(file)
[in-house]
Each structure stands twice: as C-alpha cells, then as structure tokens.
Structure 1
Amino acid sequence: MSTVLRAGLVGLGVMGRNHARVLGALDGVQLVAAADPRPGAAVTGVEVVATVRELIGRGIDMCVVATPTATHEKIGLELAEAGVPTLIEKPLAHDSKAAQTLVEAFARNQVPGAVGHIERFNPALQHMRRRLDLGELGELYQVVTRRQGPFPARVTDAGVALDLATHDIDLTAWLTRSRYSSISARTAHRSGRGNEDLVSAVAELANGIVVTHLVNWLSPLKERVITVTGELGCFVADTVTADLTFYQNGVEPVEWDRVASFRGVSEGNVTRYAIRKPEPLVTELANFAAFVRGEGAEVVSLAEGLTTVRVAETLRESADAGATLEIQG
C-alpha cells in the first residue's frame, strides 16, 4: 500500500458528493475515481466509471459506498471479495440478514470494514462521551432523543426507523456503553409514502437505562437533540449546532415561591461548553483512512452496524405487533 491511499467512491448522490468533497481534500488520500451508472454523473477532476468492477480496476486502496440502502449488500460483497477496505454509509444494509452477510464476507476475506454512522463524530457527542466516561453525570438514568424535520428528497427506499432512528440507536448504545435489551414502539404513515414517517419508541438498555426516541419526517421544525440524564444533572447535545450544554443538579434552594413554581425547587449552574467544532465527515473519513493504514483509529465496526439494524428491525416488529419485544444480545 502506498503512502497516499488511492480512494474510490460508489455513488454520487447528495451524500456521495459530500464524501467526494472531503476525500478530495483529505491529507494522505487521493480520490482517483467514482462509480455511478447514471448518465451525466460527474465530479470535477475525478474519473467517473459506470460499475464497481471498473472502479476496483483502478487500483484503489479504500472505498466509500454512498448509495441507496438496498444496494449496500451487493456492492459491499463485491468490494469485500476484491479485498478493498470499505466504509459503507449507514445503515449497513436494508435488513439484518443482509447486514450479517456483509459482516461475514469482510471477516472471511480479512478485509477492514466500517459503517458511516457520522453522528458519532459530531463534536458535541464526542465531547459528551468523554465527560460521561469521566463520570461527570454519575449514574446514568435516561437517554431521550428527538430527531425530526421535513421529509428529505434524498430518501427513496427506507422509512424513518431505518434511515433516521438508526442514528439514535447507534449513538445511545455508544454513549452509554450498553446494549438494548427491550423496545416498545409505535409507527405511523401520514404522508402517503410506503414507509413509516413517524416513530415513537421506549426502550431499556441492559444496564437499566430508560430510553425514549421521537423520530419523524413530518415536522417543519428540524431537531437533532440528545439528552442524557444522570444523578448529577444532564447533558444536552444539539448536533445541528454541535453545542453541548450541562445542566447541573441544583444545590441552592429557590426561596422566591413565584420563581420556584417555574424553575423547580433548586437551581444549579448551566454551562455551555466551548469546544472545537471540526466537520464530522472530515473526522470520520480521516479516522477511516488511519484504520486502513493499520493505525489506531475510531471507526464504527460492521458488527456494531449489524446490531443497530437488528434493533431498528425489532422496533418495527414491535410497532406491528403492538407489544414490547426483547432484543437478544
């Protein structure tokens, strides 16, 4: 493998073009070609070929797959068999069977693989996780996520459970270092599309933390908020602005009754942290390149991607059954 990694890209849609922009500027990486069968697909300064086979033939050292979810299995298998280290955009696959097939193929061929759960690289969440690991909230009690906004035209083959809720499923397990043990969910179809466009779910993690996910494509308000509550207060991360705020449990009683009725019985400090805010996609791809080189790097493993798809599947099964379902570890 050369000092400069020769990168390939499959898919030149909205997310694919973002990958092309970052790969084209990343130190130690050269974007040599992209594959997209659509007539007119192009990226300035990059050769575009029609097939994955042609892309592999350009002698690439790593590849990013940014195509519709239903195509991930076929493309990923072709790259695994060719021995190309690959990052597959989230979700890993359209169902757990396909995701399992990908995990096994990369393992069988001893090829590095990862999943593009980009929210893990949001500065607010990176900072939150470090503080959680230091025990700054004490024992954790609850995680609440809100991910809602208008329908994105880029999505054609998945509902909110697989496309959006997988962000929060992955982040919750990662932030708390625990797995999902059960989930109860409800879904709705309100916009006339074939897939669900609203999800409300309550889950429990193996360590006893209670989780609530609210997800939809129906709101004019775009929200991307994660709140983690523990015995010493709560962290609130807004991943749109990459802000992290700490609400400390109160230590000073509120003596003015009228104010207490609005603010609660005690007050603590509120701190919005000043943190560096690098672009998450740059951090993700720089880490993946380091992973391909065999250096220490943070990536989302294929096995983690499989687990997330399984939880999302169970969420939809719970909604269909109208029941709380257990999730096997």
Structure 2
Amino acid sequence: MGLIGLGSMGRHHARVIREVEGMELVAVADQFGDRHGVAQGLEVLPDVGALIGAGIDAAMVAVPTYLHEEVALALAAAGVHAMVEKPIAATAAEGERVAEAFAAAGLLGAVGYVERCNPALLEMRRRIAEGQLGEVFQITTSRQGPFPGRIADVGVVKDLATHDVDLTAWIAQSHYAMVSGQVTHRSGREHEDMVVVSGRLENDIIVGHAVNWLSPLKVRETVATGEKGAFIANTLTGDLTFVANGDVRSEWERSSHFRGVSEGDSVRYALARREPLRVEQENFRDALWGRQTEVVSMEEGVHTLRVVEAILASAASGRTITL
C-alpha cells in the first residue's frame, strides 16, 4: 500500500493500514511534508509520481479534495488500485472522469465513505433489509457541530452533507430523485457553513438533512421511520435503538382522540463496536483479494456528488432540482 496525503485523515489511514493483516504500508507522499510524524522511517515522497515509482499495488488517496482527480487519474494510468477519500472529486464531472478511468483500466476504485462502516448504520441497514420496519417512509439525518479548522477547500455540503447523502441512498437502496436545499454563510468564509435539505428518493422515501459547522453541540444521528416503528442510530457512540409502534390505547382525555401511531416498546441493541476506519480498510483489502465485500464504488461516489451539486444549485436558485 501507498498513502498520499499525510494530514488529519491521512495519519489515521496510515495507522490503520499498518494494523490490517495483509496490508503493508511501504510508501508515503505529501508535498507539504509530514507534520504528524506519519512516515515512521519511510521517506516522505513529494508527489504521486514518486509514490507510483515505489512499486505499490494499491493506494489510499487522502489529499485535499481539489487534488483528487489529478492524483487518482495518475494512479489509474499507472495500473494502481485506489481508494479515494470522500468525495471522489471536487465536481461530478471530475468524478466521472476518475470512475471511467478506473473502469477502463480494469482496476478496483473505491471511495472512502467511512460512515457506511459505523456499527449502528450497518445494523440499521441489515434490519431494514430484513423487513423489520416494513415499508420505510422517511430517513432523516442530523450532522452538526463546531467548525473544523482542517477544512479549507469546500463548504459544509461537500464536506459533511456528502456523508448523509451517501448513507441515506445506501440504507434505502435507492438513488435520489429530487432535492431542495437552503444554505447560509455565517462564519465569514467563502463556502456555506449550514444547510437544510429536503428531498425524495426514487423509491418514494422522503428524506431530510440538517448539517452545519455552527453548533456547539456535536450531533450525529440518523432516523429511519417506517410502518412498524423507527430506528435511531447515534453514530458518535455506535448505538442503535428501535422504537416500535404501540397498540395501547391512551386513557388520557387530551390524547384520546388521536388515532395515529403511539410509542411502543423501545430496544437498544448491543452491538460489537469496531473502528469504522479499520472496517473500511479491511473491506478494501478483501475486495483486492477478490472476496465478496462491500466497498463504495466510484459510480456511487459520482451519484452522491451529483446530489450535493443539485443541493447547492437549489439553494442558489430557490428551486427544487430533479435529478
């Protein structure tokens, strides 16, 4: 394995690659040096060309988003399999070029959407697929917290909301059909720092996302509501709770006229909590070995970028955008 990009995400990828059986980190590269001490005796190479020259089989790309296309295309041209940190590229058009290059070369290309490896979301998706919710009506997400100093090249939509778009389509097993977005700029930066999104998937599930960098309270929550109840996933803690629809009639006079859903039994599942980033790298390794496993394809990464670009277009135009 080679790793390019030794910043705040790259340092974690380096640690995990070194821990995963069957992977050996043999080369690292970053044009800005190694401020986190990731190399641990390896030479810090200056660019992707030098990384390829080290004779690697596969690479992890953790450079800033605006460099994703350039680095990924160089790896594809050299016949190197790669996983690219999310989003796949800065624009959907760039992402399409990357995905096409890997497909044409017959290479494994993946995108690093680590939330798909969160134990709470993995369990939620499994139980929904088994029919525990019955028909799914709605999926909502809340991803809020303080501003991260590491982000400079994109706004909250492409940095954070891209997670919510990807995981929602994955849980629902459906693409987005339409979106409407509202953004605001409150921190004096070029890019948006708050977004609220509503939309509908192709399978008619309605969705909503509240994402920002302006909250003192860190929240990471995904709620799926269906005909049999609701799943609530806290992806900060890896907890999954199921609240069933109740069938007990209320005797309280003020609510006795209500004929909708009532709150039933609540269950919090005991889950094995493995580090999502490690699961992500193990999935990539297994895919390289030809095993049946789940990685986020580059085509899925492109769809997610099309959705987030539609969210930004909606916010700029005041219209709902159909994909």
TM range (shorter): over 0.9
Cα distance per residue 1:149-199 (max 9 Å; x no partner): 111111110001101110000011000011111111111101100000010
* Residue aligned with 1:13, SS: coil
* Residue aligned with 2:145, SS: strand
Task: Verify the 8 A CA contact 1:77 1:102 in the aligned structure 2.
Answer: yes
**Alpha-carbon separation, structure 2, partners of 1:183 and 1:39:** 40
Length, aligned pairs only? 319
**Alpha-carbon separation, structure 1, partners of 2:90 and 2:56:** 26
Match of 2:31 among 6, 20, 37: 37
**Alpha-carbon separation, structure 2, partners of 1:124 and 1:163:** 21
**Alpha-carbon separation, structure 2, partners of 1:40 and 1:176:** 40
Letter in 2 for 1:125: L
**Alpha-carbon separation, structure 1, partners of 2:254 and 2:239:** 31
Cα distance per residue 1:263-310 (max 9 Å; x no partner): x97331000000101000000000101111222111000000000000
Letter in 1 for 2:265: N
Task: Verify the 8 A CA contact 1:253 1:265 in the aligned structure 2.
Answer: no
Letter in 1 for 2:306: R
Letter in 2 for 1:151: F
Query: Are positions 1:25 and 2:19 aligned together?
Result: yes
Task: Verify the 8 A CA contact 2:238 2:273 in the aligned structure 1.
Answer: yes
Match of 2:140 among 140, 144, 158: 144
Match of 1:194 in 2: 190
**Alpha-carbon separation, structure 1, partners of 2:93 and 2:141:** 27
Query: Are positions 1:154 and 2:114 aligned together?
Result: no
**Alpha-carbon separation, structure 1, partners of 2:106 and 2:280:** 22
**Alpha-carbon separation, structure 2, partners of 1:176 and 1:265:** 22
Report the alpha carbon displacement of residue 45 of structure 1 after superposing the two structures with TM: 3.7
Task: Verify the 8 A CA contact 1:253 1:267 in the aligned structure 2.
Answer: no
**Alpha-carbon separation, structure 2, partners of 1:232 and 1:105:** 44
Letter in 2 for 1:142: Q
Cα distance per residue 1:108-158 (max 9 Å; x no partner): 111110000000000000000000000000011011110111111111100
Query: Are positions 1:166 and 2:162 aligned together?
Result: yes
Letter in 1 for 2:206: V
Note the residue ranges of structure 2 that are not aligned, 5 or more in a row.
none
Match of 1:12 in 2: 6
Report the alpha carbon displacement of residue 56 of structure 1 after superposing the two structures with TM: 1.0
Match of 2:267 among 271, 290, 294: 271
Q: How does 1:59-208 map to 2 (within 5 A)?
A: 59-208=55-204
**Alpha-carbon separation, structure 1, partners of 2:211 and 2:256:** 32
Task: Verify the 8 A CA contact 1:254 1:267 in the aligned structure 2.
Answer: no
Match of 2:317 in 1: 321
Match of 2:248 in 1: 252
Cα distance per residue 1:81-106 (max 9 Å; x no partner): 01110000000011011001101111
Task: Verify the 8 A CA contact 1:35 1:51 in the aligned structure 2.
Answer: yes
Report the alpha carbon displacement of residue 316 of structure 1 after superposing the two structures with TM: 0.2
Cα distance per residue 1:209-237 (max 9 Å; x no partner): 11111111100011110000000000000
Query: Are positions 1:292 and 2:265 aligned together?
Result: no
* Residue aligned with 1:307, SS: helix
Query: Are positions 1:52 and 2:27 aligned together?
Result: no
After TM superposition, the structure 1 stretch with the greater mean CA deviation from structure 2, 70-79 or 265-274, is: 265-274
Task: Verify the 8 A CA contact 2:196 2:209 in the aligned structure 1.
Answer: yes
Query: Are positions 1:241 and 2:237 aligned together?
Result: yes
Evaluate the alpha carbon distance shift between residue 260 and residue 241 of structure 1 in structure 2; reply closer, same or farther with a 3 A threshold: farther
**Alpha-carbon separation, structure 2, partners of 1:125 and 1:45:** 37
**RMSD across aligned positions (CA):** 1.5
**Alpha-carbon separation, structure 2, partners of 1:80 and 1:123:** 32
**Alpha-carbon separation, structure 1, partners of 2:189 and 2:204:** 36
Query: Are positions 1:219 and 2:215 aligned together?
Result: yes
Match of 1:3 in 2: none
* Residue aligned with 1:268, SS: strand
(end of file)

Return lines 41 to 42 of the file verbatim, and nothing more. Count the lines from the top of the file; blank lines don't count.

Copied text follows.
**Alpha-carbon separation, structure 2, partners of 1:176 and 1:265:** 22
Report the alpha carbon displacement of residue 45 of structure 1 after superposing the two structures with TM: 3.7